During the first half of the 19th century, Saint-Simonianism was one of the most influential utopian movements in France. From approximately 1825 to 1835, hundreds of engineers, physicians, and lawyers joined the movement. The Saint-Simonian doctrine put great emphasis on the reole of the arts. Saint-Simonian engineers and architects developed a whole range of ideas about territories, cities, and their architecture. Some of them were pioneers of the French railway. They played a decisive part in the emergence of our modern notion of technological network. Saint-Simonians' proposals for the city helped shape the political and cultural context that gave birth to the transformation of Paris by Baron Haussmann during the Second Empire. Their ideas about architecture help us understand the relationship between technological rationalism and historicism in the 19th century. With their vision of human history as moving and conflicting civilizations, the Saint-Simonian vision announced the emergence of geopolitics.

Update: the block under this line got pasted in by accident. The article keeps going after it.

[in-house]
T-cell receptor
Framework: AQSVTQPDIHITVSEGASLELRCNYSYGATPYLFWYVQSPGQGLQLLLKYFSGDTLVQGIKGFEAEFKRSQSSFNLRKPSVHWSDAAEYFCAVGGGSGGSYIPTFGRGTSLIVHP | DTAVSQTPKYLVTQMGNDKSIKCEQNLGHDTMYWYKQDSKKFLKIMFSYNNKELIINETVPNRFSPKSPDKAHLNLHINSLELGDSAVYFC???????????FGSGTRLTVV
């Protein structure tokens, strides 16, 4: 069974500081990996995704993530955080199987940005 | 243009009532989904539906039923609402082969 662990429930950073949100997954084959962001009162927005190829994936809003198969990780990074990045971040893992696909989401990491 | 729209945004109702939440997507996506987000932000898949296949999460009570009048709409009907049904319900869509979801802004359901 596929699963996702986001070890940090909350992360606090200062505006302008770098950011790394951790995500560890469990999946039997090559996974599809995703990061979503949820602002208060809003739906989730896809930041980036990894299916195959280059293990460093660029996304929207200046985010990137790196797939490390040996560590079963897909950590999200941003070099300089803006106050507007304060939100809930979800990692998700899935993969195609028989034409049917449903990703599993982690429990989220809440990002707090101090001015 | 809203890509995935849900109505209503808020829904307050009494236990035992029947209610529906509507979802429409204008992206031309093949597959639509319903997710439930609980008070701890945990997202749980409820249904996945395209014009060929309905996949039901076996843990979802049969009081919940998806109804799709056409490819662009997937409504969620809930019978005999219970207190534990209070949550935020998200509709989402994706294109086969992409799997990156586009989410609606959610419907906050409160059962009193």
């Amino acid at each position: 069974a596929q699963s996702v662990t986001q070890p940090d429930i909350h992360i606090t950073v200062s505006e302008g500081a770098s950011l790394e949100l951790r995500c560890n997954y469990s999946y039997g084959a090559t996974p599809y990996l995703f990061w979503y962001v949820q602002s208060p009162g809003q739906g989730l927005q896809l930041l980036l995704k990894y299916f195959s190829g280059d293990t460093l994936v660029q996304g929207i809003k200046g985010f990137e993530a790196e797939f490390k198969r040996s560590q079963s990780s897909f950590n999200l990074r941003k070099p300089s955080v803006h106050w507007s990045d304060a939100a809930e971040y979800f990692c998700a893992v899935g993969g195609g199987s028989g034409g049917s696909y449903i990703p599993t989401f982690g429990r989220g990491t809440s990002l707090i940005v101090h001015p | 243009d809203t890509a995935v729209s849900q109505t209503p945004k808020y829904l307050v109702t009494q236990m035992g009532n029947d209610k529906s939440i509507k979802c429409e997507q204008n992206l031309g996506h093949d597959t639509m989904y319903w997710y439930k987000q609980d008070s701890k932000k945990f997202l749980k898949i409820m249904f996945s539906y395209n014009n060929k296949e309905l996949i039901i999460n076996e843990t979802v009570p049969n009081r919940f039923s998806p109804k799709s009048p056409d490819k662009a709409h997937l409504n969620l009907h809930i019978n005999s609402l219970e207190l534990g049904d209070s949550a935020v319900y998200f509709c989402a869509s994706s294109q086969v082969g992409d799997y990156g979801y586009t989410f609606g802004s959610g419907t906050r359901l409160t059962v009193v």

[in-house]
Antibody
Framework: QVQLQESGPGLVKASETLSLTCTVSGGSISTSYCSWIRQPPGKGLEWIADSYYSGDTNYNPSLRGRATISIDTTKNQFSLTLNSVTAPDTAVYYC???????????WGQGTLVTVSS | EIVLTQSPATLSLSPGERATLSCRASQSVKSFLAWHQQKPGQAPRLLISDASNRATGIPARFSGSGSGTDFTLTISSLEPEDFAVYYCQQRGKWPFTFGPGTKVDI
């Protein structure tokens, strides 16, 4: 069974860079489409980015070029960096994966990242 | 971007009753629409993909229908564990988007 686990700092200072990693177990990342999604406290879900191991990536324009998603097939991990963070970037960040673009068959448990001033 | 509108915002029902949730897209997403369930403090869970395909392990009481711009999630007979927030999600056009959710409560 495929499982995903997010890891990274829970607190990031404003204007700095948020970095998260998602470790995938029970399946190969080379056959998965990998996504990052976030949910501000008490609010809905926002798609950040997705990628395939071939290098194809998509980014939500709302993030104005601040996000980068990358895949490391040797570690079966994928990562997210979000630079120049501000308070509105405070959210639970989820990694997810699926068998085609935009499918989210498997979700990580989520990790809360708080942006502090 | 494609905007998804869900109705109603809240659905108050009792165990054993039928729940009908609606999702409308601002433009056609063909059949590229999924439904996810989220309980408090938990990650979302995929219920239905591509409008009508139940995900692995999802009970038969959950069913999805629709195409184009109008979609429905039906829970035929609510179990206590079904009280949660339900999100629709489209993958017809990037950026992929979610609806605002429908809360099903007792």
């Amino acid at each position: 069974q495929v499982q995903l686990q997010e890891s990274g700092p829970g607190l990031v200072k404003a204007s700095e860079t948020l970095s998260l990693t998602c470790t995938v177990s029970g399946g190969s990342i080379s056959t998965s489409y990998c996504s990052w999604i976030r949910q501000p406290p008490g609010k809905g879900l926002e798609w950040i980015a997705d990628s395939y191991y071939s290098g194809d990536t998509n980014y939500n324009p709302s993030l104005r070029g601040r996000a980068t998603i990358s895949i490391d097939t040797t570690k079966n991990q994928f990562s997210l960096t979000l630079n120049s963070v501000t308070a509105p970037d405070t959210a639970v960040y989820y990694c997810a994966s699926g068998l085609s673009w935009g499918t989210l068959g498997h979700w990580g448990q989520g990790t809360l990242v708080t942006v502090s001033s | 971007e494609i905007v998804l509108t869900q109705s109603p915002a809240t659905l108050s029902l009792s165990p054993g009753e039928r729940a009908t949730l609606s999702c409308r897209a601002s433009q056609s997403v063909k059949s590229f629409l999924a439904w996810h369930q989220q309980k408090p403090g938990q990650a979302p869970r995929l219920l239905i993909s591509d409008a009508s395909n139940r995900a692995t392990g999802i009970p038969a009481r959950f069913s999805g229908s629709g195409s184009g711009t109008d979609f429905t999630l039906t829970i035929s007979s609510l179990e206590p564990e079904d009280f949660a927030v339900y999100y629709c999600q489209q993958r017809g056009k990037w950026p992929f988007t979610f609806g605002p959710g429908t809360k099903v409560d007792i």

The book pays a special attention to the Saint-Simonian approach to territories, cities, and architecture. Through this case study, it proposes a reexamination of the relations between space and utopia in the 19th century. Ultimately, the book aims at contradicting the common assumption that modernity in the first industrial age was synonymous with disenchantment with the world. Although many Saint-Simonians were engineers versed in the most recent developments of science and technology, they lived in a world permeated by religious beliefs and wonders.